Would you like to know for how many days you have been alive? Excel can show you using a simple formula. This is a fun thing to discover, but it also shows the rather unusual way that Excel handles dates.

If you would like to see how many days have passed since you came into this world, make three column headers; say from B2 to D2, with the headings, "Name", "DoB" and "Days". It is worth giving the columns headers because after you have done your own lifespan, there is a good chance you will want to type in those of other people. Fill in your relevant details in the first two columns. In the Days column, type in the following:

=today()-C3

C3 is the cell containing your date of birth. When you press Enter, you will get what looks like a totally random date, but fear not, this is just Excel's unique way of processing date information. With that cell selected, go to Format and click on Cells. You will see that the selection "date" is highlighted, and this is how Excel is currently displaying the values inside that cell. Click on "general" and the numbers change to exactly how many days have elapsed since you were born.

You can verify this by creating a fourth column with the heading "Age". Directly below this, in cell E3, type in the following:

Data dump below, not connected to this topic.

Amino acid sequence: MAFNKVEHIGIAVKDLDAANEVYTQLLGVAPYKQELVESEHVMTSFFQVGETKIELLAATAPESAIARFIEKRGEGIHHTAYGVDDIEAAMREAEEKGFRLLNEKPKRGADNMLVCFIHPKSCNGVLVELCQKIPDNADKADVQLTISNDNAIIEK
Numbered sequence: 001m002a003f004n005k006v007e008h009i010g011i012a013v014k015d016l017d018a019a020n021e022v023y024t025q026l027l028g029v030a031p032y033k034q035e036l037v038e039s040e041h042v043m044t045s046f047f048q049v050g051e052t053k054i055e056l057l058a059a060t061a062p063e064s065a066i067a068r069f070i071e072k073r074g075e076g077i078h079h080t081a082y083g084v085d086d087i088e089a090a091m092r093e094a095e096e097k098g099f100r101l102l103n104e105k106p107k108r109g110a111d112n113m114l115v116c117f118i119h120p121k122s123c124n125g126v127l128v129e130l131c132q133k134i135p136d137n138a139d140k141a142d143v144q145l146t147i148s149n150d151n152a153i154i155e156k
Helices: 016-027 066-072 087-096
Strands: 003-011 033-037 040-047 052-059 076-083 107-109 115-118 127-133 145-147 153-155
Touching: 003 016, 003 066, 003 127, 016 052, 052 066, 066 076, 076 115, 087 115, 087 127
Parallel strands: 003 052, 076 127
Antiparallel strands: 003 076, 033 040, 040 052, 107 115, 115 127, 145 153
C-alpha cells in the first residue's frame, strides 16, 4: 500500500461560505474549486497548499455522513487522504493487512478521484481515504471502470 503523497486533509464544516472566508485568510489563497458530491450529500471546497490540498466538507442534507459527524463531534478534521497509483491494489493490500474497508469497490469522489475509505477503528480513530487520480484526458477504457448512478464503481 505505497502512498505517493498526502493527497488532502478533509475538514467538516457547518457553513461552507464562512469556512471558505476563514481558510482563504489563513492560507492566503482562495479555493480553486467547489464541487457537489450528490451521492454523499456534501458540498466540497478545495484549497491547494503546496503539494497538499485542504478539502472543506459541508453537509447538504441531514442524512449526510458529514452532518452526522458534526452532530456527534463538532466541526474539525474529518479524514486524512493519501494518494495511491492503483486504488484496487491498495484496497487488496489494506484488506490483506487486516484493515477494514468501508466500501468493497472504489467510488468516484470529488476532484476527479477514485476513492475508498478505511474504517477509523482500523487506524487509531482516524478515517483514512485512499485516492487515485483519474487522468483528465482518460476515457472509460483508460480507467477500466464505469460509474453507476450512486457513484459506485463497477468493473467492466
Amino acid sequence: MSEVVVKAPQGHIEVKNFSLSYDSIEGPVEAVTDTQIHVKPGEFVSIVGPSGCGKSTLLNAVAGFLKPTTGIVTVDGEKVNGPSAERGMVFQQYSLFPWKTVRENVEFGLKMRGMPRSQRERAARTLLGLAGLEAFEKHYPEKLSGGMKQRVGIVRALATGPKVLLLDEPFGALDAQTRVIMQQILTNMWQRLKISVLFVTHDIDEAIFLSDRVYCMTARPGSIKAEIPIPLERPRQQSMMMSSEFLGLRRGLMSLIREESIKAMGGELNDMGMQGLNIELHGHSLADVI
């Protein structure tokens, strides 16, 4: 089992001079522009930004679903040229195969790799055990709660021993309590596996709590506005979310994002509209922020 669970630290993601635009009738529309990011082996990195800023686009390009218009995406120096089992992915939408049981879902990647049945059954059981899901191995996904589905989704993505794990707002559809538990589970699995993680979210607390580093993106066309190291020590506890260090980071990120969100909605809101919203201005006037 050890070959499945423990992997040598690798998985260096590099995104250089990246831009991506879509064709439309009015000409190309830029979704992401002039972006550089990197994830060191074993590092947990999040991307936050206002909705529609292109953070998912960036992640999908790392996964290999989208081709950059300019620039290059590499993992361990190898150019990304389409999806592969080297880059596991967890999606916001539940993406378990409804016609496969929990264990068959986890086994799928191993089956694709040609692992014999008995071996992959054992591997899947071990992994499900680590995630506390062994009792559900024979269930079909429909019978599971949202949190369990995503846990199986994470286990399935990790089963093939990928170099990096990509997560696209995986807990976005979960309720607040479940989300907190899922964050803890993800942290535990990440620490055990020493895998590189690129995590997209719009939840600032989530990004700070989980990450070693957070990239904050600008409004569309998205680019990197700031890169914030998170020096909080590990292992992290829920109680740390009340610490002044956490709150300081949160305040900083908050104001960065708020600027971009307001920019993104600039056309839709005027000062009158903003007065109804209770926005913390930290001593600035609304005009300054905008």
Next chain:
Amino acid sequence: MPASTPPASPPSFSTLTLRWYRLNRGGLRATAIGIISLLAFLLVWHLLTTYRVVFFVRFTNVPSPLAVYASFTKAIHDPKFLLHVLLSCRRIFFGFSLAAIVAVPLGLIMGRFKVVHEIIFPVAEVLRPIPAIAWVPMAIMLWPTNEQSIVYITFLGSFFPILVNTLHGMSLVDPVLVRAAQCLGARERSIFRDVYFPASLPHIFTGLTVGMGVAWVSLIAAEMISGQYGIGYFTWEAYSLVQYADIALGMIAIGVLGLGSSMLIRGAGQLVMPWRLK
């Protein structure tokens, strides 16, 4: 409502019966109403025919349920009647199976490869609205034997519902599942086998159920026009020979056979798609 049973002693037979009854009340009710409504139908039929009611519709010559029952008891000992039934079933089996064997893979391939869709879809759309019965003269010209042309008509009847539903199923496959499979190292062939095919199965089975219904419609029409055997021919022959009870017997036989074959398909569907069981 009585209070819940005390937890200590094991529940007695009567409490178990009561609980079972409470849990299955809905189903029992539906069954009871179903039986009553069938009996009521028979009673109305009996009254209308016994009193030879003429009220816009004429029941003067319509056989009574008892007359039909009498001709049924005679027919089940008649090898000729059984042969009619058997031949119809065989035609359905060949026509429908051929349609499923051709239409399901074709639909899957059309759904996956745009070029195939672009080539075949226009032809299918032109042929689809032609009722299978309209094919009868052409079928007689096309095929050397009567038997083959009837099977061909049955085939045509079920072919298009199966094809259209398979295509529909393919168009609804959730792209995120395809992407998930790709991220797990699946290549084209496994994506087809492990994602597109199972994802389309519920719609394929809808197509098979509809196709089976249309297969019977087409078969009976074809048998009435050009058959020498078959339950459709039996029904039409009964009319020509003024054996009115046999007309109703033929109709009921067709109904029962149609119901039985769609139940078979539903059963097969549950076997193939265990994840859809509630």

=D3/365

This will divide the number of days since you were born by the number of days in a year (I assume Excel takes leap years into account in this calculation). When you press enter you will see exactly how old you are with the number of years, followed by a decimal point to show the fraction of the current year that has passed since your last birthday. It is a simple operation, but one which provides interesting information that you might want to try out on others.

This is where Excel's time saving functions kick in. As you have a queue of family and friends eagerly seeking the number of days they have been alive, you will be pleased to learn that the process of calculating their lifespans is not as drawn out as your initial effort.

For the first person in the queue, type in their name and date of birth in the designated columns, then in the days column, go to the cell above that already has been converted to the number of days, and drag the solid black square at the bottom right corner down into the cell below. This will automatically change the contents of the cell to the number of days lapsed since their date of birth. Similarly, in the age column, pull down the bottom corner of the pre-formatted cell above and the age of that person will appear without having to type in a formula.

Of course, you could type in another formula to divide the number of days you have been alive by 24, to see the number of hours you have been alive, and then...

But I think that days are enough. This is one of the many ways that Excel can perform a useful function that is interesting and sometimes downright fun. This same process can be used to obtain information in other areas that have a date column, such as who is the longest serving employee in the office, or an ex-smoker can seek encouragement by calculating how many days it is since they last had a cigarette. This is one way of using Excel outside of the standard information storage of everyday spreadsheets. The good news is that there are many more similar functions just waiting to be discovered.